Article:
“The person who says he knows what he thinks but cannot express it usually does not know what he thinks,” says Mortimer Adler
When you share, you remember better. It challenges your understanding and forces you to think.
Publish what you learn. It will help you organize your thoughts.
Take purposeful breaks. Giving yourself space for your brain to process what it’s learned.
A growing body of evidence shows that taking regular breaks from mental tasks improves creativity and that skipping breaks can lead to stress, exhaustion, and creative block.
Idleness is not a vice, it is indispensable for making those unexpected connections in the brain you crave and necessary to getting creative work done.
There is one activity that will have a tremendously beneficial impact on your results: thinking.
Unless you schedule time to think, to really do nothing else but think, you won’t do it.
Don’t just read for other people’s opinions, read for facts and then think. This requires time and effort. You’ll have to learn how to focus.
That space needs to be free from distractions. Your mind is a novelty-seeking device. It evolved to pay attention to things that are new and interesting.
Evaluate your ideas. Ponder them. Thinking is asking yourself questions about ideas.
AOL CEO Tim Armstrong, for instance, makes his executives spend 10 percent of their day, or four hours per week, just thinking. Jeff Weiner, CEO of LinkedIn, schedules two hours of uninterrupted thinking time per day.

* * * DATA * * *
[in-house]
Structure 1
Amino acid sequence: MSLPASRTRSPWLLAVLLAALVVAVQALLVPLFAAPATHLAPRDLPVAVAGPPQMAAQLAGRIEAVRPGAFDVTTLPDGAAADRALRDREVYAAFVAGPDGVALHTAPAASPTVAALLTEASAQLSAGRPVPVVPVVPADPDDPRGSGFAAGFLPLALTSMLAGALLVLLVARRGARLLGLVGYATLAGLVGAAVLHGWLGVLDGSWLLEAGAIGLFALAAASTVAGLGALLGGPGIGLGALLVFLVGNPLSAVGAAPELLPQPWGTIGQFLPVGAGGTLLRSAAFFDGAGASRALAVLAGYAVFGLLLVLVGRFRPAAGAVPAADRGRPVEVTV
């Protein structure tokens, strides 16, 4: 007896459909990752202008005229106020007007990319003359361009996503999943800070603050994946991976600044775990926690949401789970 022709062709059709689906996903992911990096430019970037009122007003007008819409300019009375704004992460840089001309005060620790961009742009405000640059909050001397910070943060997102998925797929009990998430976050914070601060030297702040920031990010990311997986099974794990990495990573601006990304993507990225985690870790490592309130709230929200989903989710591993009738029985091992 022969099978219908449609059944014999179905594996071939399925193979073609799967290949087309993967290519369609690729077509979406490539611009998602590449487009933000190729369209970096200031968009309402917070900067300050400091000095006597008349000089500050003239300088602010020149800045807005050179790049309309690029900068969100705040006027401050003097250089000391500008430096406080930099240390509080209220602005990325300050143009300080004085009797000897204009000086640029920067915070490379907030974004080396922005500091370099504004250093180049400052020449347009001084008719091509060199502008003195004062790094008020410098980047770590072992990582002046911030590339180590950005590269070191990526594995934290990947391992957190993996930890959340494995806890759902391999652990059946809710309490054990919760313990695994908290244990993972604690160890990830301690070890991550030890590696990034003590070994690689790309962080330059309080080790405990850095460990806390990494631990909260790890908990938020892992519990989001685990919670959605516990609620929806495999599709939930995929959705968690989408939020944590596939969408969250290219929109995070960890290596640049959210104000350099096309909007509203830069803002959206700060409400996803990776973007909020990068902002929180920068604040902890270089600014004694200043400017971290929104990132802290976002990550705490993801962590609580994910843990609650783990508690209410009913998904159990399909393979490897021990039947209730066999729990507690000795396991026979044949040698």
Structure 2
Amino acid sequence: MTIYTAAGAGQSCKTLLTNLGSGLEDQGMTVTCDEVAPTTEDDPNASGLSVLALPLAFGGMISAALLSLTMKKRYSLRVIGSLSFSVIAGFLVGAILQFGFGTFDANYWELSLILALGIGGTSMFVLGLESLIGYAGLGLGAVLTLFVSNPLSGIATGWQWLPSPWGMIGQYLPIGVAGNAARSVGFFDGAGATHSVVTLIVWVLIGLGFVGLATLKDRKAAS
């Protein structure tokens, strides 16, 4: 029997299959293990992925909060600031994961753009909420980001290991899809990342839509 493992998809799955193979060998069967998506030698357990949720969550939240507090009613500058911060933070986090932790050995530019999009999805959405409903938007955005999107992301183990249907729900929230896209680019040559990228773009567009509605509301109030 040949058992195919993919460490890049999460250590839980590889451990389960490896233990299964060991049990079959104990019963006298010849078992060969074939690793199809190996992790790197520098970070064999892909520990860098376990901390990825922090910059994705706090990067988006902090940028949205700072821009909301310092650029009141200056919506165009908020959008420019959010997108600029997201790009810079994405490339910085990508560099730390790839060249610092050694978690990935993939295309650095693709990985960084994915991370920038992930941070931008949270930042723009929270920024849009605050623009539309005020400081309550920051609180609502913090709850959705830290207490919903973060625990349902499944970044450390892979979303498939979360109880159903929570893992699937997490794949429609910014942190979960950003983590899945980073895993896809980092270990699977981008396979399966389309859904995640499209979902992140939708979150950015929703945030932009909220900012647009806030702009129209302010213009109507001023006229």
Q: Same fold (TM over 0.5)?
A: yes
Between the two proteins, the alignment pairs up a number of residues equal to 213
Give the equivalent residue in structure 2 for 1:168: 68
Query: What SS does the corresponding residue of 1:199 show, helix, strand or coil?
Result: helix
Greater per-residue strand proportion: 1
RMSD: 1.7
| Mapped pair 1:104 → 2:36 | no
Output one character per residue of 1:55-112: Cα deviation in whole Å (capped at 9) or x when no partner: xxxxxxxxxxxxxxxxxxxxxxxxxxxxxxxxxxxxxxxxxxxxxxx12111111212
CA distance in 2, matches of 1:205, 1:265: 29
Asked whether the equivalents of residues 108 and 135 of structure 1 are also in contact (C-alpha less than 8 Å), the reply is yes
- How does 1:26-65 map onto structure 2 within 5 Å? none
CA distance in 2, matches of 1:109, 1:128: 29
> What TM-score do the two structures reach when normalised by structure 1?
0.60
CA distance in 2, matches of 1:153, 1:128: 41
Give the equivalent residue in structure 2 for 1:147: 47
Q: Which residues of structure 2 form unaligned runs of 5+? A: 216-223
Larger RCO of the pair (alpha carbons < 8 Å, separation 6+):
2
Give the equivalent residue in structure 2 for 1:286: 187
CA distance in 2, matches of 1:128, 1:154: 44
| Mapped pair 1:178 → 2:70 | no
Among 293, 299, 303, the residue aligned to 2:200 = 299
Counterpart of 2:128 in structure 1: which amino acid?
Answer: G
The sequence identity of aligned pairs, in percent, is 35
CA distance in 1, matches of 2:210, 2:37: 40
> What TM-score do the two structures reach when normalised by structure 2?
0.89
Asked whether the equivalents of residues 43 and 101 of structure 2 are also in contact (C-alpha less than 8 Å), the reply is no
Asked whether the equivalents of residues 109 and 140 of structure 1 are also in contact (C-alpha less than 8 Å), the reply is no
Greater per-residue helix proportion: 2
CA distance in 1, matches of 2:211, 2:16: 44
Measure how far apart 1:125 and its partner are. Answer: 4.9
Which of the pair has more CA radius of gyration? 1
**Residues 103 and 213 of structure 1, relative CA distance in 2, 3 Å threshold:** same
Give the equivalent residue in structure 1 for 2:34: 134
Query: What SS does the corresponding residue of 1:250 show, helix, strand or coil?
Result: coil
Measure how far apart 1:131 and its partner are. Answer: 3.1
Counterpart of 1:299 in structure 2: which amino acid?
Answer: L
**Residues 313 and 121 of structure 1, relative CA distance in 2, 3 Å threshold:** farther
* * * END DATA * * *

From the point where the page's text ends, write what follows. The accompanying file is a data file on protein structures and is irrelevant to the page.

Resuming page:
Developing mental strength is a work in progress. Mental strength requires that you continue building new neural pathways by learning new things.
Mental strength involves more than just willpower; it requires hard work and commitment.
Force yourself to use your brain more.
The more regularly you pick up a new skill, or study a new subject, the stronger your mind becomes. Try to pick up one new thing every week, then continue working on it as you learn new things.
Focus, strategy, logic and creativity are just a few of the mental muscles you should be exercising more regularly.
Awareness is a powerful tool.
The power of being self-aware is that it helps you become conscious of your own habits and decide if you need to change them.
Self-awareness keeps you in touch with your emotions and the underlying feelings that influence your actions and thoughts.
Self-awareness is a tremendous tool for helping us understand ourselves and be at peace with who we are. It leads to self confidence by building on knowledge of who you are.
Create a daily habit of self-reflection.
Observe your mind when you are immersed in an emotion.
Get one percent better everyday. Focus on tiny consistent improvements everyday.
Learn to beat your expectations of yourself. You will learn how to handle your limits and challenges in the process.
If everything is too good, you’re probably stuck not being awesome.
Calvin Coolidge says “All growth depends upon activity. There is no development physically or intellectually without effort, and effort means work.”
If you want long-term success, stop avoiding what’s hard.
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Originally published at journal.thriveglobal.com